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The "Judith Miller Distinguished Journalism Awards"

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The "Judy Awards" go to The New York Times reporters who revealed themselves to be toadies of the Bush Administration, or who served as stenographers for power. It was a crowded field filled with many equally qualified competitors.

Narrowing down recipients was a difficult task, and we wish we could have given "Judies" to all of the journalists at the paper of record who have followed in Ms. Miller's footsteps. But in journalism, as in life, there must be winners and losers. Here are the first-ever winners of the prestigious "Judith Miller Distinguished Journalism Awards":

1). To The New York Times editorial staff for withholding the NSA warrantless surveillance story for over a year at the request of the Bush White House, which removed the controversial program from the national debate during the 2004 presidential election.

2). To Kirk Semple and Edward Wong, for their front-page story on November 6, 2005, "Major Offensive Hits Iraqi Insurgents on the Iraqi Border," which quotes either U.S. military officials or Pentagon spokespeople in 21 out of 23 of the article's sources.

3). To Kate Zernike and Anne Kornblut for their "poor Jack" Abramoff article on January 10, 2006, where they quoted Abramoff's father and some of his close friends, emphasizing his hurt feelings, and the fact that Abramoff is a religious sort who donates money to charities.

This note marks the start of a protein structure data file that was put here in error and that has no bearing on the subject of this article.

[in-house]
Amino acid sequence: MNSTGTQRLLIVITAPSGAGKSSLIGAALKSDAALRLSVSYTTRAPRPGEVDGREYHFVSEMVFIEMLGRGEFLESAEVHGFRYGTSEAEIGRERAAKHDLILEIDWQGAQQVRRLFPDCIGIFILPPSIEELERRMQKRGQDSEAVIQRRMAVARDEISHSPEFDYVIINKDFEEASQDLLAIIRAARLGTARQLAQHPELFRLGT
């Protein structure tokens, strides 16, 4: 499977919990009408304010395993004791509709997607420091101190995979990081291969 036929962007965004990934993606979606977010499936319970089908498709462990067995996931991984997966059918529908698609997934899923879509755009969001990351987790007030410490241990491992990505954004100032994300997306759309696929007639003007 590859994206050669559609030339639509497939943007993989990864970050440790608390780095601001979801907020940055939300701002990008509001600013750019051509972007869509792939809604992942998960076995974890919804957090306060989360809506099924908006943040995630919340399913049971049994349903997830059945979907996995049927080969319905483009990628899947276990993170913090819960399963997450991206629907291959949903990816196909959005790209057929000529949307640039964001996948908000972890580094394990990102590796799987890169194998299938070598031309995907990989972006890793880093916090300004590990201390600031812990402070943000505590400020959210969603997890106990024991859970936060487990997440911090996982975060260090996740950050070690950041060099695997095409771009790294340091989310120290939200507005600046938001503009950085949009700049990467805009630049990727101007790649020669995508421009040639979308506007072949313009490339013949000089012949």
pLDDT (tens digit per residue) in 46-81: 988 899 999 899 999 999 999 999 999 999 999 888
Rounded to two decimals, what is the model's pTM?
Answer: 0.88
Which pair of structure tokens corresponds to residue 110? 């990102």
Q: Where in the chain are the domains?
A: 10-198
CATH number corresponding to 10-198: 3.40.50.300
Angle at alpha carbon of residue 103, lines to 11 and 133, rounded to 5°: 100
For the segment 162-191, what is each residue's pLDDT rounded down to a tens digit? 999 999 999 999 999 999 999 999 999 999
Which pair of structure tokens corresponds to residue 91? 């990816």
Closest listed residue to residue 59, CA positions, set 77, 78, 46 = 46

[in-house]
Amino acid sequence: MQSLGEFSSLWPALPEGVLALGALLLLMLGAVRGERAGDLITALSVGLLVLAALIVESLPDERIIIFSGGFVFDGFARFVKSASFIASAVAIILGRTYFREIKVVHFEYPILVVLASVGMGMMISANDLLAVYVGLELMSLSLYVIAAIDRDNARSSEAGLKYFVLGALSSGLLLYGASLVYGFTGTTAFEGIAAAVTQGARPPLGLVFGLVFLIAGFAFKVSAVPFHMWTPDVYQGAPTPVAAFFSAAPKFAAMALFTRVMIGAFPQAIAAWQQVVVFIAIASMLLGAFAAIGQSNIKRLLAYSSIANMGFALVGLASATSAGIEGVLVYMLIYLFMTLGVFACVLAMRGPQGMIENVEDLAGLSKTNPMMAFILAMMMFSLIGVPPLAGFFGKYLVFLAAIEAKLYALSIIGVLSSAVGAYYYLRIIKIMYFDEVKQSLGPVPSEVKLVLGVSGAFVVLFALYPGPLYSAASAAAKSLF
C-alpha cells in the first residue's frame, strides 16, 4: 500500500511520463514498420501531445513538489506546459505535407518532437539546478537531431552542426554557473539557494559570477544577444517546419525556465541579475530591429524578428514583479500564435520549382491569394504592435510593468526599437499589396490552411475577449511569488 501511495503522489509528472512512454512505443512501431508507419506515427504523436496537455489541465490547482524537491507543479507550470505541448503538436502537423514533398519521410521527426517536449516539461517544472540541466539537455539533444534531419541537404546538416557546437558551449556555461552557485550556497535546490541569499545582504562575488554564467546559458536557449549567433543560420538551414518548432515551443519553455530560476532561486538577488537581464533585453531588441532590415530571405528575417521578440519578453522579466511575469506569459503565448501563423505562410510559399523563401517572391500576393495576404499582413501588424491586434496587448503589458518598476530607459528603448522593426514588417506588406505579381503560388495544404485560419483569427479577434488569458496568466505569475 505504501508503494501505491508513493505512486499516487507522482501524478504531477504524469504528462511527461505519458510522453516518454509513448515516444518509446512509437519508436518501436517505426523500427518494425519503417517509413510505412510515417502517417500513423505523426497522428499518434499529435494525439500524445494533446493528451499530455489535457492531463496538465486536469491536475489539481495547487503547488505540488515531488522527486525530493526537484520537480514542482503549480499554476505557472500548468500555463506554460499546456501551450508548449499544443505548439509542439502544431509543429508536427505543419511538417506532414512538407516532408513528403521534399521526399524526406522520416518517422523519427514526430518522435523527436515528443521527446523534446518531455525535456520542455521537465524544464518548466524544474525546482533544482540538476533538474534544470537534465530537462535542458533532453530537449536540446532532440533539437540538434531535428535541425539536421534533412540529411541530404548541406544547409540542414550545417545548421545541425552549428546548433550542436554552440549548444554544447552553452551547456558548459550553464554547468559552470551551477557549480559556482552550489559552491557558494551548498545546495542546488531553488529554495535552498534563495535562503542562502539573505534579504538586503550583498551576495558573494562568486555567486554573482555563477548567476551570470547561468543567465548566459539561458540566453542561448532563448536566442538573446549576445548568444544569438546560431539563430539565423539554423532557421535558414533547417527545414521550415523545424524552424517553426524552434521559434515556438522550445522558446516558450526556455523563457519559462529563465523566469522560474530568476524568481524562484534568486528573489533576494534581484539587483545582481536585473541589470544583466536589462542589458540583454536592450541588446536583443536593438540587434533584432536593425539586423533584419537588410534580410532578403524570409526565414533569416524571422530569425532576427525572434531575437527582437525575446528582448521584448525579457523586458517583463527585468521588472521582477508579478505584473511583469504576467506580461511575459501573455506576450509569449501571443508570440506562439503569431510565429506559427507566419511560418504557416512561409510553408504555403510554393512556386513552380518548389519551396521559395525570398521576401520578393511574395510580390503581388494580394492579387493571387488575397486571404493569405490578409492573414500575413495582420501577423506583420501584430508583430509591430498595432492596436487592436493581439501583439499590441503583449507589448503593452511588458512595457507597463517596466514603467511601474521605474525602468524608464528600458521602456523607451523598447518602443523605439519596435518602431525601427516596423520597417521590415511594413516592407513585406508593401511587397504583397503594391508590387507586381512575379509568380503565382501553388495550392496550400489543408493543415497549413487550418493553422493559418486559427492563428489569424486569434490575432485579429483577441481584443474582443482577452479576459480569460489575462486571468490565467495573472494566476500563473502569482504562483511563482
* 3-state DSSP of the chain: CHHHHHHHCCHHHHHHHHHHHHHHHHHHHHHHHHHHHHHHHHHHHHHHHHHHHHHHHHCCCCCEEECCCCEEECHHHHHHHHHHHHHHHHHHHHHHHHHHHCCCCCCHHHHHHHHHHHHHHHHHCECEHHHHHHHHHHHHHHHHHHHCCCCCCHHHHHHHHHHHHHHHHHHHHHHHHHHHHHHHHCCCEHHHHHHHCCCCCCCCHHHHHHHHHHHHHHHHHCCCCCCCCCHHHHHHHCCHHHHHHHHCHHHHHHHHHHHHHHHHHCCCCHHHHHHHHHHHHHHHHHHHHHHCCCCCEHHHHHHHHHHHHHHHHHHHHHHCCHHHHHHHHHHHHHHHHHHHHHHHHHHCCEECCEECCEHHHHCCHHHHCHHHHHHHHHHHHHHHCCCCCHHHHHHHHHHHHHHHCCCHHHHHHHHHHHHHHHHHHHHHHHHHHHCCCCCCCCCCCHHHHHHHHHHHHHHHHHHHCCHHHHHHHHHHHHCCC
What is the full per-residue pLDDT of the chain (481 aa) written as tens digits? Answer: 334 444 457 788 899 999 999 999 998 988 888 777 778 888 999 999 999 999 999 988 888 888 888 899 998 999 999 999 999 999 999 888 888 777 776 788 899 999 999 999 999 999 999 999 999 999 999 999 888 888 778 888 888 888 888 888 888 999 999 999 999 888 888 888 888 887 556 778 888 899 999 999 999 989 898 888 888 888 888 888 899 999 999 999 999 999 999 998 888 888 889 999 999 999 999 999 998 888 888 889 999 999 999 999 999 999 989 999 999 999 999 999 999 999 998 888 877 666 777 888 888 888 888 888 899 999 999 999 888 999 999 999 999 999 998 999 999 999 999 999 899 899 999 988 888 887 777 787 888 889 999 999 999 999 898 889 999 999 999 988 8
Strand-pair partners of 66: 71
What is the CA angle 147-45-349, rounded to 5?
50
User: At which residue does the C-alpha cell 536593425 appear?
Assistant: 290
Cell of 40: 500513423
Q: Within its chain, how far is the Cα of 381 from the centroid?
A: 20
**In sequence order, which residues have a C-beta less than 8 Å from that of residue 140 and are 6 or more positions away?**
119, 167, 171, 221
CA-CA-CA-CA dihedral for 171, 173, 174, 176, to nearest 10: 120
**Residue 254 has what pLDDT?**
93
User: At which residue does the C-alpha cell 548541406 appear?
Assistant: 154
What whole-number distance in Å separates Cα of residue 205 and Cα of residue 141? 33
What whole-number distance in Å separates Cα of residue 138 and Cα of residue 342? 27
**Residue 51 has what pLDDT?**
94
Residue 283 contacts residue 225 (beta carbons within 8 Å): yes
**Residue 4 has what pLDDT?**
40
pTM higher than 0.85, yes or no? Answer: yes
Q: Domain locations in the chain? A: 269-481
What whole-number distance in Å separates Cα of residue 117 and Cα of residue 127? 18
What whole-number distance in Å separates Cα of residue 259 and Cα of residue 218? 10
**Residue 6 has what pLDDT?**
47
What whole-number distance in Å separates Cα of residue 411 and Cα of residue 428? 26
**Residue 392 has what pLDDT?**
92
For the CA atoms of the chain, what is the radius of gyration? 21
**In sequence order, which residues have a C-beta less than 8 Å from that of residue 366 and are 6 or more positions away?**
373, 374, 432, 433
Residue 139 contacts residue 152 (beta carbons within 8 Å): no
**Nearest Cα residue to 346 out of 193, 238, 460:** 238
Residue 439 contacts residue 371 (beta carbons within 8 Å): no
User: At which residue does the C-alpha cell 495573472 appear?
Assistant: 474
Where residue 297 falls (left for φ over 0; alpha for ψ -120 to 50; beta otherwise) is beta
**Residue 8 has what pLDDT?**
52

4). To Richard Bernstein, for his December 12, 2005 think piece that placed Nobel Prize winner Harold Pinter, who is an outspoken critic of Bush's foreign policy, in the position of arguing for those "who behead kidnapping victims on videotape" and "religious fanatics who slit the throats of civilians while screaming, 'God is Great.'"

5). To Richard Stevenson, who in March 2005 called the Democrats "practically giddy" and "crowing" about the lack of support in their home districts for Bush's vague Social Security privatization scheme. And for his article in the Week In Review, "For the President, Power is There for the Taking," May 15, 2005, where he ponders whether Bush's successor would be able to maintain the imperial presidency in its current form.

6). To Ann Kornblut and Sam Roberts, for their March 5, 2005, page-one article on Social Security referring to the Democratic party's attempts to keep up with Bush's push to garner support for privatizing Social Security as "the Democratic road show" that is "stocked with powerhouses of the leadership"; while they referred to Bush as "kick[ing] off a 60-day tour" which included "senior officials."

7). To William Safire for never apologizing for lying in a series of op-ed pieces about Mohammed Atta's non-existent trip to Prague to meet with Iraqi intelligence officials that the 9/11 Commission has shown to be totally false.

8). To John Leland and Jodi Wilgoren in their June 19, 2005 piece on Social Security claiming that Congressional Republicans were "struggl[ing] to break a partisan impasse over President Bush's plan to reinvent Social Security and shore up its finances," when Bush himself admitted that his "plan" would do nothing to "shore up" the system. And for repeating the GOP's preferred term "personal accounts" or "individual accounts" over the more accurate "private accounts."

Congratulations to all of you!